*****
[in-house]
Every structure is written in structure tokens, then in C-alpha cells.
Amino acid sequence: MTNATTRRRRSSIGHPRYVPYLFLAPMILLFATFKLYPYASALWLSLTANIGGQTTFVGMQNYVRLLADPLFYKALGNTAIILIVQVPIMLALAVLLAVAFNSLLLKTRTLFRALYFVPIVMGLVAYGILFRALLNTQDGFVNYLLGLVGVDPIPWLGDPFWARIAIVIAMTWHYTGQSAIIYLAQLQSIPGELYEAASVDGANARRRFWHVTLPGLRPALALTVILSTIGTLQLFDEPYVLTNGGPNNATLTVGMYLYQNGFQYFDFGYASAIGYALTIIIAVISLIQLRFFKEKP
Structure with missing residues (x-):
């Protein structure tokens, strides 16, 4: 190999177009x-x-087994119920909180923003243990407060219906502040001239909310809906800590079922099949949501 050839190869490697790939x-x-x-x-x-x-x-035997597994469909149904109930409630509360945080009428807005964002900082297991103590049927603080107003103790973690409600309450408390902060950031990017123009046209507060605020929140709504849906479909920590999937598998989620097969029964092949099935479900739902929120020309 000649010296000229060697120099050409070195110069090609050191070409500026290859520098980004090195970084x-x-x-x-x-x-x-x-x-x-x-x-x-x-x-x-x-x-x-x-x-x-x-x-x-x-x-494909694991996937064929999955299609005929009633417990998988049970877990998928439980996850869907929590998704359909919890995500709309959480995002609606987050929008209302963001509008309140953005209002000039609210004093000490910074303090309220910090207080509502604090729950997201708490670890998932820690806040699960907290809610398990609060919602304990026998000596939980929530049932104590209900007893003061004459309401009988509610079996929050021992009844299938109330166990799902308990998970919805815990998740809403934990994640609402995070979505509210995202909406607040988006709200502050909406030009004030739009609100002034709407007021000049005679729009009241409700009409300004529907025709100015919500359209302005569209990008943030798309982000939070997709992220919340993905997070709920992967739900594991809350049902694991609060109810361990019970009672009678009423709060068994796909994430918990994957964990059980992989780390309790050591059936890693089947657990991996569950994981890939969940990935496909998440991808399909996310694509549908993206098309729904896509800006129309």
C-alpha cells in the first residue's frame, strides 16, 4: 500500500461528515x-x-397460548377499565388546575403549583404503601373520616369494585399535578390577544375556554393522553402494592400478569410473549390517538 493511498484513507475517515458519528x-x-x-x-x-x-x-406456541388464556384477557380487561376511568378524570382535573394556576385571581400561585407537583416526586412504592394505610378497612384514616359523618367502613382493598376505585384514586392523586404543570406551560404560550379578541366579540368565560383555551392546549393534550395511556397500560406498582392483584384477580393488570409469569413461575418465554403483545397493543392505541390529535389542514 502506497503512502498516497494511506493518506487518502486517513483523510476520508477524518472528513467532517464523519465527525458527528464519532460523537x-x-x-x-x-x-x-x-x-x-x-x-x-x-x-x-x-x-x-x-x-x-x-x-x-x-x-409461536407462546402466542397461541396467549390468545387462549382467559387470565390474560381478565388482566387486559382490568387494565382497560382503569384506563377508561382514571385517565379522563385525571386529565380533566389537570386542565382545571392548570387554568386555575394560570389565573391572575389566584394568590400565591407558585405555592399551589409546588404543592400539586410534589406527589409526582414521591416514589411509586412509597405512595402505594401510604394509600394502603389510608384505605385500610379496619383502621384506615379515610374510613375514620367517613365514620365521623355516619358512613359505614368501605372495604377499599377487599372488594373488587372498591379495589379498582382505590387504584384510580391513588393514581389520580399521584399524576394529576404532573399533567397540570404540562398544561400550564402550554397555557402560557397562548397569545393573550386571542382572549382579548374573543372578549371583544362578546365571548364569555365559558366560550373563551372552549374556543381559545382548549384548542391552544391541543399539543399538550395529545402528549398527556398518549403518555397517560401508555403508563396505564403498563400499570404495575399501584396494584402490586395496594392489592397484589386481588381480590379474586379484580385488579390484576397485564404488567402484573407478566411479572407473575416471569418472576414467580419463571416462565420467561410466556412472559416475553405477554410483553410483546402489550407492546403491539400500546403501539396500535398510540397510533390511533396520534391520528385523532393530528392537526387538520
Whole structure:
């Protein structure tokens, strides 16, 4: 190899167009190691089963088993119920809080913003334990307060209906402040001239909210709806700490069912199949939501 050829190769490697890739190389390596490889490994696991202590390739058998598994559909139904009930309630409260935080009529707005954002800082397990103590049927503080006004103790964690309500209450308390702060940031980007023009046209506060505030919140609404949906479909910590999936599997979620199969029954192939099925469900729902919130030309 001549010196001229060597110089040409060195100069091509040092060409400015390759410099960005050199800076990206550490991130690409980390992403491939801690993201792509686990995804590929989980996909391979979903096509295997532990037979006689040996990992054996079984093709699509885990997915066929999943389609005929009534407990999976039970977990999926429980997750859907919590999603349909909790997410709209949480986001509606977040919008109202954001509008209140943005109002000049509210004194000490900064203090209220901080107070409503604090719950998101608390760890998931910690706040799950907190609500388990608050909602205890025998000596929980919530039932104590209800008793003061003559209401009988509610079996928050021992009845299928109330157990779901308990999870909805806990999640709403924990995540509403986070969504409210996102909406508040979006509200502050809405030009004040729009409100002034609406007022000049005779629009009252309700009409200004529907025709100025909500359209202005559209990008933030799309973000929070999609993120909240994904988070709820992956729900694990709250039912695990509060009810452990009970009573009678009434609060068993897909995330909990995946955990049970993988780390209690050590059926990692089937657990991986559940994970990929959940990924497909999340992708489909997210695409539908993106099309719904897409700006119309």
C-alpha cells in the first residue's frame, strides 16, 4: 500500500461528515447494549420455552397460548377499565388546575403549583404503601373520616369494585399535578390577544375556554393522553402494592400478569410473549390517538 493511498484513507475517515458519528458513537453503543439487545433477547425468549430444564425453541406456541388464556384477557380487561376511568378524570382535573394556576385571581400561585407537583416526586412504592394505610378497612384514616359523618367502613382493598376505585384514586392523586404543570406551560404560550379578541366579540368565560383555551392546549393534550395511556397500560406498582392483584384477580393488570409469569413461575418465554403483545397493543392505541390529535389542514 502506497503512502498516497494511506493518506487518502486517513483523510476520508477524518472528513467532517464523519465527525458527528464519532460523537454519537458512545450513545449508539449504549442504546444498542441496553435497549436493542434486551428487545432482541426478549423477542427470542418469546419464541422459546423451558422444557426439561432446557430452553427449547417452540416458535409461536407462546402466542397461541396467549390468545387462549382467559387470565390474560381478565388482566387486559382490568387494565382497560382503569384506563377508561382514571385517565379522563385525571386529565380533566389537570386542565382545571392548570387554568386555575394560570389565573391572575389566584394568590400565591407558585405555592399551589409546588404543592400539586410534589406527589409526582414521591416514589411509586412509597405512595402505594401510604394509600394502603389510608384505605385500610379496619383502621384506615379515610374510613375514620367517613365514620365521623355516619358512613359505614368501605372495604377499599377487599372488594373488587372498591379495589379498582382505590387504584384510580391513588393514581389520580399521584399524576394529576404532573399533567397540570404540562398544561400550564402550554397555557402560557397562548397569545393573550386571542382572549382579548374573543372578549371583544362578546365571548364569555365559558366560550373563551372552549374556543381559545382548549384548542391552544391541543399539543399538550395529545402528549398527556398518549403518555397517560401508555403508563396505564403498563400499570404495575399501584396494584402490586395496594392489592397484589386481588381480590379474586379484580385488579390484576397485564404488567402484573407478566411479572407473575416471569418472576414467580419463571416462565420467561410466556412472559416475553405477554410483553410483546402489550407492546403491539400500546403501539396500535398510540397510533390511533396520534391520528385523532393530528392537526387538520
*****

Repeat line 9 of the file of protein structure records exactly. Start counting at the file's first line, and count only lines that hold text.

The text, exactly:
C-alpha cells in the first residue's frame, strides 16, 4: 500500500461528515447494549420455552397460548377499565388546575403549583404503601373520616369494585399535578390577544375556554393522553402494592400478569410473549390517538 493511498484513507475517515458519528458513537453503543439487545433477547425468549430444564425453541406456541388464556384477557380487561376511568378524570382535573394556576385571581400561585407537583416526586412504592394505610378497612384514616359523618367502613382493598376505585384514586392523586404543570406551560404560550379578541366579540368565560383555551392546549393534550395511556397500560406498582392483584384477580393488570409469569413461575418465554403483545397493543392505541390529535389542514 502506497503512502498516497494511506493518506487518502486517513483523510476520508477524518472528513467532517464523519465527525458527528464519532460523537454519537458512545450513545449508539449504549442504546444498542441496553435497549436493542434486551428487545432482541426478549423477542427470542418469546419464541422459546423451558422444557426439561432446557430452553427449547417452540416458535409461536407462546402466542397461541396467549390468545387462549382467559387470565390474560381478565388482566387486559382490568387494565382497560382503569384506563377508561382514571385517565379522563385525571386529565380533566389537570386542565382545571392548570387554568386555575394560570389565573391572575389566584394568590400565591407558585405555592399551589409546588404543592400539586410534589406527589409526582414521591416514589411509586412509597405512595402505594401510604394509600394502603389510608384505605385500610379496619383502621384506615379515610374510613375514620367517613365514620365521623355516619358512613359505614368501605372495604377499599377487599372488594373488587372498591379495589379498582382505590387504584384510580391513588393514581389520580399521584399524576394529576404532573399533567397540570404540562398544561400550564402550554397555557402560557397562548397569545393573550386571542382572549382579548374573543372578549371583544362578546365571548364569555365559558366560550373563551372552549374556543381559545382548549384548542391552544391541543399539543399538550395529545402528549398527556398518549403518555397517560401508555403508563396505564403498563400499570404495575399501584396494584402490586395496594392489592397484589386481588381480590379474586379484580385488579390484576397485564404488567402484573407478566411479572407473575416471569418472576414467580419463571416462565420467561410466556412472559416475553405477554410483553410483546402489550407492546403491539400500546403501539396500535398510540397510533390511533396520534391520528385523532393530528392537526387538520